Immortal Technique - The 3rd World
Hardcore Technique fans will love this, and new fans will come away with a wealth of knowledge--just make sure to keep the search feature handy if you bump this on the computer.
Determined to make it on his own terms and his own time, Immortal Technique has always stood out--and apart--from the pack. Since arriving on the scene with Revolutionary Vol. 1 in 2001, the Harlem representer has been known to spit hard hitting narratives about the pitfalls of life, race relations, politics, history, and religion. 2003's Revolutionary Vol. 2 picked up where the original left off and introduced Technique to a wider audience while displaying a more lyrically mature rapper.
Though not the most polished, or politically correct MC, Technique can always be relied on for the real: raw, uncut, and uncensored. Perhaps, more important than the beats or the cadence of the hook are the lessons embedded in the music. To the politically conscious Hip Hop fan that may not be up on important current events or other events of historical significance, Technique provides that gateway to greater knowledge. Vol. 2 hipped many to the CIA's top secret experiment MKUltra ("The 4th Branch") or the late Sen. Paul Wellstone ("The Cause of Death") and 2004's "Bin Laden" explored the role of the United States' interventions in Middle Eastern affairs.
Nearly five years after his last outing, Technique returns with The 3rd World. Despite the prints of DJ Green Lantern all over the disc, this is a complete album in mix tape form. And with this year being a critical year in the history of the United States--and by extension, the rest of the world--this album comes at the perfect time and may prove to be one of the most important releases of 2008.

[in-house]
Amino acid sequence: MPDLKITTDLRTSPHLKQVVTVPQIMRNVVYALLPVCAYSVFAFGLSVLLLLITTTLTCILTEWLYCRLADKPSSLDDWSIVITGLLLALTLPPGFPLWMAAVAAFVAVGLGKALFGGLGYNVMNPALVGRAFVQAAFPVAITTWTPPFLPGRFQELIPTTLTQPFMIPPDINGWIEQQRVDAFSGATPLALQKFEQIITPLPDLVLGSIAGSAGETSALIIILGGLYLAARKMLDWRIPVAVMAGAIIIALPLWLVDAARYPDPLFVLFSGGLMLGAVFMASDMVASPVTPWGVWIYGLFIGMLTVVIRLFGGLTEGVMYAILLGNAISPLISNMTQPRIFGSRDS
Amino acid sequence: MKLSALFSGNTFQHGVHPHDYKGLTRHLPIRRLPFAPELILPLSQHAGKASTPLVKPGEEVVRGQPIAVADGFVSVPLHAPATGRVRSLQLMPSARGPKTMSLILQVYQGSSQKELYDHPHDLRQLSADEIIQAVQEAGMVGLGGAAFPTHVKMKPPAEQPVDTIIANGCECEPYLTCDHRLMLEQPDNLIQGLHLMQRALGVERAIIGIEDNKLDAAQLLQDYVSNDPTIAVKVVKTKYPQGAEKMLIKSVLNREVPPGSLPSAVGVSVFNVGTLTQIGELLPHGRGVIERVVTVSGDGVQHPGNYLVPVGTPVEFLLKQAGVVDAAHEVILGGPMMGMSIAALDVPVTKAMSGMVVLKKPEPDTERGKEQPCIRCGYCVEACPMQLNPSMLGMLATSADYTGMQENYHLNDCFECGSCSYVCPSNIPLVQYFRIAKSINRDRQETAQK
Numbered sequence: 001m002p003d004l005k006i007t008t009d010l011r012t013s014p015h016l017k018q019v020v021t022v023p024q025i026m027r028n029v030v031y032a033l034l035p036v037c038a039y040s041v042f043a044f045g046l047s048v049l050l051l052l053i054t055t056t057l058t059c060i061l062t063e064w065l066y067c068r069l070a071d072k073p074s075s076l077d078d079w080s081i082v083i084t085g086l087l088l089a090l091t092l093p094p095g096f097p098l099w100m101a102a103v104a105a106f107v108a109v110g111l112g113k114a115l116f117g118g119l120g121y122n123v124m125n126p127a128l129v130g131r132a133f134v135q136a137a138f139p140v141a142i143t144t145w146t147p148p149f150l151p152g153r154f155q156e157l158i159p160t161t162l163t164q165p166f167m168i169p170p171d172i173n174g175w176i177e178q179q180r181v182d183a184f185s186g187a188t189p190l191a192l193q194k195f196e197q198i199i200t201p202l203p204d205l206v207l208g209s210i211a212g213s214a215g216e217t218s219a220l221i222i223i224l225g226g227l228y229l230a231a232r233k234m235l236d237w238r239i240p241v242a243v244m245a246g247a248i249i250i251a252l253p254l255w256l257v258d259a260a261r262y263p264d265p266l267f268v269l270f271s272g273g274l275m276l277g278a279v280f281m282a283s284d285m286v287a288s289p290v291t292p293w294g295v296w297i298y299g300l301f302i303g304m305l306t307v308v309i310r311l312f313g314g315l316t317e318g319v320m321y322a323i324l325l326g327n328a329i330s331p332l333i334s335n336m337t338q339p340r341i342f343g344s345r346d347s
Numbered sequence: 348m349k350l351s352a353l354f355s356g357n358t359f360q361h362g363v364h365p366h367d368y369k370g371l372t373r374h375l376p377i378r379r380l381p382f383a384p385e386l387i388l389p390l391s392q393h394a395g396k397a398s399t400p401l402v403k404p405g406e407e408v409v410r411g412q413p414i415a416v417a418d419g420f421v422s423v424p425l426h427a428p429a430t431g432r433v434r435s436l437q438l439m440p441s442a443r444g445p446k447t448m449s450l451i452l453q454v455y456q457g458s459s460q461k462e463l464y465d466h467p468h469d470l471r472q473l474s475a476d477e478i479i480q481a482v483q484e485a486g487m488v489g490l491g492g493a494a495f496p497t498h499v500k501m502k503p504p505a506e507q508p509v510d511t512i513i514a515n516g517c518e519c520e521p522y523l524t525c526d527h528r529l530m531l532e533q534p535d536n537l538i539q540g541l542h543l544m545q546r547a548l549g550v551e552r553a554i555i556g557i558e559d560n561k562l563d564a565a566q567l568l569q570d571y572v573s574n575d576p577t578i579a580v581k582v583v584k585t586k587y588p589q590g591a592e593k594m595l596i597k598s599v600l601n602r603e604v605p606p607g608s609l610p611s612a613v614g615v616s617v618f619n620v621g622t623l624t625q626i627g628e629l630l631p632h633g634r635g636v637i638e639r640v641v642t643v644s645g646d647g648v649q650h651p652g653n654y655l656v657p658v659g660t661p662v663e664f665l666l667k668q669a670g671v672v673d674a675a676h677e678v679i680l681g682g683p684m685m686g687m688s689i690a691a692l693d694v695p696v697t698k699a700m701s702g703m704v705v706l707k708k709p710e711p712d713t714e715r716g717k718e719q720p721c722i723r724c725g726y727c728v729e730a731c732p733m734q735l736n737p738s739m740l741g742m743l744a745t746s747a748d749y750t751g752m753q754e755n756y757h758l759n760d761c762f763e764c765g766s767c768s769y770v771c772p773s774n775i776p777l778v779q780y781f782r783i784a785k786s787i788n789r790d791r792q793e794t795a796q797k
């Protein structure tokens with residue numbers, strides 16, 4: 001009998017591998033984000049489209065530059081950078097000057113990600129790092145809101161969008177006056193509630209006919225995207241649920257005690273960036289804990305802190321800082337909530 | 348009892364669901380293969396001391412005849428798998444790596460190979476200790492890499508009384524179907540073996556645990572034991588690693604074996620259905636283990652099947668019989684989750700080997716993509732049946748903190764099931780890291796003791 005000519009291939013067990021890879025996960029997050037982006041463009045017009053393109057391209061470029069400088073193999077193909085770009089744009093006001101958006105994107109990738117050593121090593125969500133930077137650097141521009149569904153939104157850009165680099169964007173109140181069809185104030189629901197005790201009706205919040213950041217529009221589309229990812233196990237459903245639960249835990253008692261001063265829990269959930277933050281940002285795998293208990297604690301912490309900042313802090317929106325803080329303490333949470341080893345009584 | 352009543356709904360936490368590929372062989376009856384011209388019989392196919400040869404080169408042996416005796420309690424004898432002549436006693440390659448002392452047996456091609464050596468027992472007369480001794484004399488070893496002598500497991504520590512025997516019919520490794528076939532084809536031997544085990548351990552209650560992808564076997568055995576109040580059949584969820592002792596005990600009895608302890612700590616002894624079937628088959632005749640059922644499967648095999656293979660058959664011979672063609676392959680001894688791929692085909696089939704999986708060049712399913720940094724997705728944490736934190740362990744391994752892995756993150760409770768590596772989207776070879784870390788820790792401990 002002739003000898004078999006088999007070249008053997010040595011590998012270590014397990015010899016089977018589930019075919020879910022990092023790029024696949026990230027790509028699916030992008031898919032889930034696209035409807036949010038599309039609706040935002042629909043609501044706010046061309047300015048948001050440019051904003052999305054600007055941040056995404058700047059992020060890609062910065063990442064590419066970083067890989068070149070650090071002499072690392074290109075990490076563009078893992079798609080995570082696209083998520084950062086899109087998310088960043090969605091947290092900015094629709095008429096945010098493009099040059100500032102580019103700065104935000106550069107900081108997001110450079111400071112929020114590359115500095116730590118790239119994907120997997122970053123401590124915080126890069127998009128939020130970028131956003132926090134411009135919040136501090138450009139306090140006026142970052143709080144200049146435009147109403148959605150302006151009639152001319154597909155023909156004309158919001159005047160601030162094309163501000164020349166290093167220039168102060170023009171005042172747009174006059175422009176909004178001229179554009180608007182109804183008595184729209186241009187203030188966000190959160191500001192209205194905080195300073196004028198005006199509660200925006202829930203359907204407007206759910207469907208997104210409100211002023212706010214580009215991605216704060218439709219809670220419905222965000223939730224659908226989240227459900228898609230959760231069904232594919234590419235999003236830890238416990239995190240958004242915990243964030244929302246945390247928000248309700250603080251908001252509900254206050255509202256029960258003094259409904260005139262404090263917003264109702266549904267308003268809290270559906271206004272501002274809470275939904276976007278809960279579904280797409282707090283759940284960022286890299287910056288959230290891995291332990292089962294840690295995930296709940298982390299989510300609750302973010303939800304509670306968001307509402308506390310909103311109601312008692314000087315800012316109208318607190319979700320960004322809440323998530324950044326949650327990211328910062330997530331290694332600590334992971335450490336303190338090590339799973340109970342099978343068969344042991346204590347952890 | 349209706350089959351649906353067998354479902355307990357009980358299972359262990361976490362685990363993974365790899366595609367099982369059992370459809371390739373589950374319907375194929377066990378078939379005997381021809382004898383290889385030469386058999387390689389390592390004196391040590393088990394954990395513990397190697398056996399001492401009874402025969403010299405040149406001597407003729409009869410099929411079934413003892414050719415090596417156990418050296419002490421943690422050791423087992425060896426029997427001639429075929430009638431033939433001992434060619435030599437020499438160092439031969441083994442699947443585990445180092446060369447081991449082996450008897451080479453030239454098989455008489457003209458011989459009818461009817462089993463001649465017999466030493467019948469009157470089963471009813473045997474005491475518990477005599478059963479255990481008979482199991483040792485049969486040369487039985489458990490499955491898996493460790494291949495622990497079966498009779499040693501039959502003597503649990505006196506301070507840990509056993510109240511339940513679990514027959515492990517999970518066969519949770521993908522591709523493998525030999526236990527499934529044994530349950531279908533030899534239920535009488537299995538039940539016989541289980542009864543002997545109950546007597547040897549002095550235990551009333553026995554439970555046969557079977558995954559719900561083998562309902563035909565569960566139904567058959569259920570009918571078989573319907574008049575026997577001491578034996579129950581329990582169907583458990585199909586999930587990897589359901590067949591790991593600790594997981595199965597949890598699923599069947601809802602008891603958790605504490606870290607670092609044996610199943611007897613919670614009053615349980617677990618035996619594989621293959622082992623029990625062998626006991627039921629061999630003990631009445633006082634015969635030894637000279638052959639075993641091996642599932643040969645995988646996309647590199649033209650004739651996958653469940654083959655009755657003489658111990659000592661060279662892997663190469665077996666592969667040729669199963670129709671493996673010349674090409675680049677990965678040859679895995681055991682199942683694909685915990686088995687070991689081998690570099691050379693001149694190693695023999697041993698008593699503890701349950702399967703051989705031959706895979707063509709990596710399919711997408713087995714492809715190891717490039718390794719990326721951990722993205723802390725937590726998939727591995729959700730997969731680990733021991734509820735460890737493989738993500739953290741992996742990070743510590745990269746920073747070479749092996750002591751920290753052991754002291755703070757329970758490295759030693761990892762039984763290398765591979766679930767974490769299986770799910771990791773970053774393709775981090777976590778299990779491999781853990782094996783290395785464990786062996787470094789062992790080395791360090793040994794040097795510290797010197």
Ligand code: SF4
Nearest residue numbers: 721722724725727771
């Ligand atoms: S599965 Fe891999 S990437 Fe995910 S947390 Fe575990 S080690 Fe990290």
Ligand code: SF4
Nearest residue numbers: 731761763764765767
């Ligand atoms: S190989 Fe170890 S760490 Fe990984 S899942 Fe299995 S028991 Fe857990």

Powered by a single which share's the album's name, Technique takes listeners around the world, outlining atrocities that "makes the hood in America look like paradise." "I'm from where they lost the true meaning of the Qur'an/cause heroine is not compatible with Islam/and niggas know that but grow that poppy seed anyway/cause that food wrapped parachute does not come every day," he spits on the opening verse. Also thrown in are lines about the sex trade and if you thought Coke--as in the soda--didn't have blood on its hands, think again. The 3rd World alone provides enough Google worthy material to keep one busy for hours--but that's just the beginning.
"Harlem Renaissance" is another standout track that serves as an autobiography of the world famous New York area, outlining the glory days and concluding with the current efforts to gentrify the historic city. In an era where diamonds and rings dominate, "Renaissance" provides a teachable moment for anyone not up on American history.
The 3rd World shows a real progression in Immortal Technique's music. Production on the album outshines his past efforts, allowing the lyrics to stand out more. But the gems of the album are found in the numerous collaborations. In the past, Technique opted to go for self, but enlists the help of others for this outing. The Crooked I and Chino XL assisted "Lick Shots" is one of the best tracks of the album with all three men bringing their A games into the booth. Equal parts pointed lyricism and comedy, Tech rhymes "I'll paint the white house black and park my car on the lawn/I'll marry a Muslim girl and fuck her five times a day/right before we shower and pray." Even with solid verses from Technique and Crooked I its Chino XL who steals the show. "Y'all don't lick shots like killers aiming at the feds/y'all lick shots like Jenna Jameson and Superhead." Rewind worthy indeed. "Payback" is also a provocative cut, taking aim at everyone from gangsters ("and everyone flashing a gun on a DVD, I'll make them niggas shoot it out with NYPD") to George W. Bush, whom Technique urges to "kill yourself."
One of the staples of Immortal Technique albums are the commentaries, and The Third World provides no exception. "Open Your Eyes" ties the seldom reported on developing countries to the seldom seen--and seldom heard--underground world of Hip Hop. "Parole" offers a glimpse into prison life not often glorified in many of today's songs: getting out--and staying out. "Mistakes" and "Reverse Pimpology" also do not fail to disappoint, and for listeners who want a twist on the music, "Golpe De Estado" brings the Revoluci